I was asked to address again the central thesis of the book, The Fabric of Faithfulness, a work that has been taken with seriousness by the Praxis leadership in their framing of a vision for sustaining vocation over time. A worldview, a mentor, a community… woven together into a fabric that gives coherence to life over the course of life. And then, as the various mentors left, returning to their homes near and far, they were given the Visions of Vocation, in hope that their own “visions of vocation” will deepen through their involvement with Praxis. In a wonderful and surprising way, my work has been written into the meaning of the work of the Praxis Labs.

All good so far— except it cannot possibly be. As intriguing as it is to see people think with me about what I have written, it is never neat-and-clean. The hard part is that we are pilgrims in the ruins, always and everywhere. So even our best hopes are frail, our deepest longings are misdirected; again, this is never abstract. For every one of us the hurts of history, and the hurts of our hearts, insist that we pay attention to the way the world is and isn’t, and that is always messy.

All day long the world is a mess, and we are too. Right in the middle of the week I was drawn into the heartache of hopes that seem to have crashed onto the shoals of this broken world, broken ones that we are. It is its own story, and not one we need to know here, but my heart was full for these dear people, faraway from where I was, but so very near to my heart. For the days of the week I went to bed with them in my throat, and I woke in the morning with their cares and concerns necessarily mine.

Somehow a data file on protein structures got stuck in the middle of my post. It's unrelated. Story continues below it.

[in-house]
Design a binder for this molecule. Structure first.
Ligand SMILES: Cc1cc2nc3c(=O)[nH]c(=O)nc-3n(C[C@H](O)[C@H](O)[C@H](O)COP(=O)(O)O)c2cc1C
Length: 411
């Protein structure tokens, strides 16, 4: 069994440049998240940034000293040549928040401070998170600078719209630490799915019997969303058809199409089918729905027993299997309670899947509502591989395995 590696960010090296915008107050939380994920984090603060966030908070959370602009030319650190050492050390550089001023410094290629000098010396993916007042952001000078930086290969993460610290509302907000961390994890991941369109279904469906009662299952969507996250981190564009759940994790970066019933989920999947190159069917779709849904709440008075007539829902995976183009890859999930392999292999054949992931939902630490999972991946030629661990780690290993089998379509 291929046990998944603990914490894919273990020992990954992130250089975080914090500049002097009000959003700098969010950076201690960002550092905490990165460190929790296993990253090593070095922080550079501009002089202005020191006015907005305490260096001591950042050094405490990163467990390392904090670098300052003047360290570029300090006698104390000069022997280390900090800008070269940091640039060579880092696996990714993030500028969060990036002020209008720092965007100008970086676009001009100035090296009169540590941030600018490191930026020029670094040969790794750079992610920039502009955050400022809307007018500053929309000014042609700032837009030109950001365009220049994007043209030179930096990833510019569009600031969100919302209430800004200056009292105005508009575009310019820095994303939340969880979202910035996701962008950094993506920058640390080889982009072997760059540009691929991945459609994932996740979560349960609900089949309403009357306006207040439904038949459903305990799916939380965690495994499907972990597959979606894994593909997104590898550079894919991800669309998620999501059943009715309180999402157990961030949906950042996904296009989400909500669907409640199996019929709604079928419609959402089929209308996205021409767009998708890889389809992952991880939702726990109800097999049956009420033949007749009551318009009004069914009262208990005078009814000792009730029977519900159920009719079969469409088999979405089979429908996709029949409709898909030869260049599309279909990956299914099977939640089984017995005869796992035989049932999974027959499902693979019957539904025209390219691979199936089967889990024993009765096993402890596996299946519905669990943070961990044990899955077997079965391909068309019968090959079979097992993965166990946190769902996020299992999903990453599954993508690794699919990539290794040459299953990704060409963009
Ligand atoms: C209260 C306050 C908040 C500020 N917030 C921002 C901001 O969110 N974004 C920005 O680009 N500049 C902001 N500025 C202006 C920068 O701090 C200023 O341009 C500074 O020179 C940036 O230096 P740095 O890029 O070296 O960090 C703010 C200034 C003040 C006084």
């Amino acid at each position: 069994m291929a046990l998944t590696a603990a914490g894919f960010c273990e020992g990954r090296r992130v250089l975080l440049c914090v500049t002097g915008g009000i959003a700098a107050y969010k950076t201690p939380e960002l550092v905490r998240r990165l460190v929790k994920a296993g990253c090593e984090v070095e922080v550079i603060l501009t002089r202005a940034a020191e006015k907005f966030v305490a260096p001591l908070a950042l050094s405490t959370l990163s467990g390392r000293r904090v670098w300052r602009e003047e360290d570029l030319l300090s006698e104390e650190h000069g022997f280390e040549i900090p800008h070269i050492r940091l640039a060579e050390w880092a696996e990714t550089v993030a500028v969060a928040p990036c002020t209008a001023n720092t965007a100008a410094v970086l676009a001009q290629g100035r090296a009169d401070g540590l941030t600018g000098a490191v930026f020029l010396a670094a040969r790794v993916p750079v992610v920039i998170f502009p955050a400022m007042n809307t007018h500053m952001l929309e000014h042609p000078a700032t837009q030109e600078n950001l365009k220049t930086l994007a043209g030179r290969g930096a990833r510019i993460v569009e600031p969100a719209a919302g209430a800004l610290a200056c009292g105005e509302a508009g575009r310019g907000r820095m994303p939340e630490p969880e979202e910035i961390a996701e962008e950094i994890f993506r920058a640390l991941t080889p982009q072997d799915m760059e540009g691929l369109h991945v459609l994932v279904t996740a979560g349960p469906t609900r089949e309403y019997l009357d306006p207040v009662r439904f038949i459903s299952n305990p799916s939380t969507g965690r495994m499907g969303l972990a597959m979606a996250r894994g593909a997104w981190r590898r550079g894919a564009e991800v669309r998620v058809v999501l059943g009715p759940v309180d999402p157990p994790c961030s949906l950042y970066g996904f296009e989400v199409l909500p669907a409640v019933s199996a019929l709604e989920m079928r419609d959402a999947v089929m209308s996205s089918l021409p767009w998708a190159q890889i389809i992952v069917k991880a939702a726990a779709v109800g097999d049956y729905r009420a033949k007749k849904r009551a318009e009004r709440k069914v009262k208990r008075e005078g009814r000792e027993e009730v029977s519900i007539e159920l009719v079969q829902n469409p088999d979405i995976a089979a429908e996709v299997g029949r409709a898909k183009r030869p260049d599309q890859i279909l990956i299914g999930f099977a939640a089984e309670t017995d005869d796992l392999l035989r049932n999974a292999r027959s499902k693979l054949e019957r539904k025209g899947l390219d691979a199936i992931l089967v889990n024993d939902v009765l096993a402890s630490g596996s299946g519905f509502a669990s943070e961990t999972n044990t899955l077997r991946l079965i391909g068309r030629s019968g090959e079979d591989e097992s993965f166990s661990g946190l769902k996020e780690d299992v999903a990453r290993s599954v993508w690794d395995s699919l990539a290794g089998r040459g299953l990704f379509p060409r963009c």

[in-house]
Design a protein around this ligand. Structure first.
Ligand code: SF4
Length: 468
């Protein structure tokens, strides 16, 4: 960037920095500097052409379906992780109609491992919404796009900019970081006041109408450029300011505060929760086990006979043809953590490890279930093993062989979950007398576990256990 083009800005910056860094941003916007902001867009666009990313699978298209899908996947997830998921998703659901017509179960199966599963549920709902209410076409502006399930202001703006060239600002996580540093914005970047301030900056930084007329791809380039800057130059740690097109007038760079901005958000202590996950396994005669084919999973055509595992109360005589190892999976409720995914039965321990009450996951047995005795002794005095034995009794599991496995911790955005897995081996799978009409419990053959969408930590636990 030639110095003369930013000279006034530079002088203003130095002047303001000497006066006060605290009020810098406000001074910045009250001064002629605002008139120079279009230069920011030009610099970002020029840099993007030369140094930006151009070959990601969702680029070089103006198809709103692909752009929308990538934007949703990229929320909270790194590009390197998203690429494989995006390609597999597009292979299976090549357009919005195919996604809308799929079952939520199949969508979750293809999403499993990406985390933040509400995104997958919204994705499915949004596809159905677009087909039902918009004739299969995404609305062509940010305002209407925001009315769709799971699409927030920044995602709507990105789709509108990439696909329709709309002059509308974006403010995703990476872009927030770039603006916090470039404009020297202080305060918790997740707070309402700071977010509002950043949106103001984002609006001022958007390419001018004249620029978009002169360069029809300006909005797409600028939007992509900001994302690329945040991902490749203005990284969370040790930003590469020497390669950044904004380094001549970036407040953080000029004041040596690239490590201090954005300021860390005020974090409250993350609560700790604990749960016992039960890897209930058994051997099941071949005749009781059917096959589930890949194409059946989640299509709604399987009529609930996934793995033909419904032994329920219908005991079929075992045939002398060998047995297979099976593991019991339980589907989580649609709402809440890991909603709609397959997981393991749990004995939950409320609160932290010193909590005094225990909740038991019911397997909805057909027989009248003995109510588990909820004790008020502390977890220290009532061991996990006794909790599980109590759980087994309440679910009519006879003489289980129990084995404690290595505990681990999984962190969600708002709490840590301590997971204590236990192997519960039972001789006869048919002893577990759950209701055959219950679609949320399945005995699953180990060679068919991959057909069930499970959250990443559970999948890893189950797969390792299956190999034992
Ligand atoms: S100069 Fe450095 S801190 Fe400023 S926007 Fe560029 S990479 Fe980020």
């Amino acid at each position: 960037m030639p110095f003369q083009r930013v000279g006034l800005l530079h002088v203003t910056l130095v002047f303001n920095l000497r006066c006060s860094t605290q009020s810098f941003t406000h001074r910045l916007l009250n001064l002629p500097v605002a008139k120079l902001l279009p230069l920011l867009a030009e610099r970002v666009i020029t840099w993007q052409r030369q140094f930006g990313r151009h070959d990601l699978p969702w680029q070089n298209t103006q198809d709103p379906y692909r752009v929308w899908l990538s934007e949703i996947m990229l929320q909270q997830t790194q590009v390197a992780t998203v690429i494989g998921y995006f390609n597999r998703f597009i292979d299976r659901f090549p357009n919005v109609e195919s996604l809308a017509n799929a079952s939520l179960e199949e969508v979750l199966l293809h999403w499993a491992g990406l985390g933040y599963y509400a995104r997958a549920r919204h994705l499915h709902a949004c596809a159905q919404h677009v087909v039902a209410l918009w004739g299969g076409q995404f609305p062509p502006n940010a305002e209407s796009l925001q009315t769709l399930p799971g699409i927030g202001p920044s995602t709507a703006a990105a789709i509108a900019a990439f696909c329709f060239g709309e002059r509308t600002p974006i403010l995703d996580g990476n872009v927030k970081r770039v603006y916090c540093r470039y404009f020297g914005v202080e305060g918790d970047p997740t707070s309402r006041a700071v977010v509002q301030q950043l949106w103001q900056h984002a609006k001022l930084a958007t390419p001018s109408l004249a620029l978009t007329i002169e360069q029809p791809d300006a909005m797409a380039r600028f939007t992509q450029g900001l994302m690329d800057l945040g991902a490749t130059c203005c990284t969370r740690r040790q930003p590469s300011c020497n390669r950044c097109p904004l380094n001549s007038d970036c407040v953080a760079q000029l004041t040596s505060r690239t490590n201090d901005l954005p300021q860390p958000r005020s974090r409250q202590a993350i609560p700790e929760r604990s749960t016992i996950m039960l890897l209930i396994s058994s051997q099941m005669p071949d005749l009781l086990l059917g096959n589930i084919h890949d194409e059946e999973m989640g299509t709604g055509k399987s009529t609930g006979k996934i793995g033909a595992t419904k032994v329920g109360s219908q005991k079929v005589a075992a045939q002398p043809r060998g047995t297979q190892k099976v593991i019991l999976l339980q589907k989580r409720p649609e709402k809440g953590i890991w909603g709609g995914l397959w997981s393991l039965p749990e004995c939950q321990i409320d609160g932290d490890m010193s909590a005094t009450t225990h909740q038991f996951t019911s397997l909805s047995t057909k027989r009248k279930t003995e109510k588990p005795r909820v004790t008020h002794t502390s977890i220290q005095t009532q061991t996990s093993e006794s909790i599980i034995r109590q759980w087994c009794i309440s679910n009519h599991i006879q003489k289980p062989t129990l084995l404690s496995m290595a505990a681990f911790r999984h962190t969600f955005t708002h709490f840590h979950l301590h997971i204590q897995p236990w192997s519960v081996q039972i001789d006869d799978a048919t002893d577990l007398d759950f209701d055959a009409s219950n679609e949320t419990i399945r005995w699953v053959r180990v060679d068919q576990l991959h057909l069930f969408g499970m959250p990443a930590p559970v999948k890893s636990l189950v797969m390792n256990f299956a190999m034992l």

Why did it matter that much? Simply said, we are pilgrims together, in the ruins together, trying to find our way in and through the longings and loves that make us human, played out amidst the wounds of this world.

And the questions remain, insisting their way into my heart. Can we honestly know this world, and still love what we know? Can we form faithful lives, ones where our deepest commitments about life and the world become the way we live in the world? These have been the questions of my life for the years of my life, and their weight has brought forth the books I have written that find their way into the conversations of my life, week after week, wherever I go, whatever I do. Sons of Adam and daughters of Eve, they are questions for all of us… pilgrims in the ruins that we are.

The Professor of Marketplace Theology and Leadership at Regent College and Director of Regent’s Master of Arts in Leadership, Theology, and Society program, Steven is the founder of The Washington Institute for Faith, Vocation, and Culture in Washington, D.C.

Meet Dr. Steven Garber